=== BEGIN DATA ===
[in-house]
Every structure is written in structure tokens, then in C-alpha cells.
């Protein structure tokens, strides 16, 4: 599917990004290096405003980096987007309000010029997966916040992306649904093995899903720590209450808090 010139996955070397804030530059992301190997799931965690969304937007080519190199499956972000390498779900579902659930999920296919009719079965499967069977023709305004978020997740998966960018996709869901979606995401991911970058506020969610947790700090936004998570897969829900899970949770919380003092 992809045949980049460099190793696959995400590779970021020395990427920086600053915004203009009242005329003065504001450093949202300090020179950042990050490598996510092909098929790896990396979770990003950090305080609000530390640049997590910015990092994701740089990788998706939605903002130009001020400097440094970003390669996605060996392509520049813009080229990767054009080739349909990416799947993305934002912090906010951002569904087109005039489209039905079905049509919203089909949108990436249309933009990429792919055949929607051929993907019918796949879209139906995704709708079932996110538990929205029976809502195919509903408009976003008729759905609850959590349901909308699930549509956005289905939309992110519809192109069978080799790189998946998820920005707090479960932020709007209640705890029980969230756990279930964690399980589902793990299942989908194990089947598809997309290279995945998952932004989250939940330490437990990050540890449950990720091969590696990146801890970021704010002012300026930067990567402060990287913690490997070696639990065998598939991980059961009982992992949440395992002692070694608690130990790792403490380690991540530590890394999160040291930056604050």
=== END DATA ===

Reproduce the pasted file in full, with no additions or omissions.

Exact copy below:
[in-house]
Every structure is written in structure tokens, then in C-alpha cells.
């Protein structure tokens, strides 16, 4: 599917990004290096405003980096987007309000010029997966916040992306649904093995899903720590209450808090 010139996955070397804030530059992301190997799931965690969304937007080519190199499956972000390498779900579902659930999920296919009719079965499967069977023709305004978020997740998966960018996709869901979606995401991911970058506020969610947790700090936004998570897969829900899970949770919380003092 992809045949980049460099190793696959995400590779970021020395990427920086600053915004203009009242005329003065504001450093949202300090020179950042990050490598996510092909098929790896990396979770990003950090305080609000530390640049997590910015990092994701740089990788998706939605903002130009001020400097440094970003390669996605060996392509520049813009080229990767054009080739349909990416799947993305934002912090906010951002569904087109005039489209039905079905049509919203089909949108990436249309933009990429792919055949929607051929993907019918796949879209139906995704709708079932996110538990929205029976809502195919509903408009976003008729759905609850959590349901909308699930549509956005289905939309992110519809192109069978080799790189998946998820920005707090479960932020709007209640705890029980969230756990279930964690399980589902793990299942989908194990089947598809997309290279995945998952932004989250939940330490437990990050540890449950990720091969590696990146801890970021704010002012300026930067990567402060990287913690490997070696639990065998598939991980059961009982992992949440395992002692070694608690130990790792403490380690991540530590890394999160040291930056604050």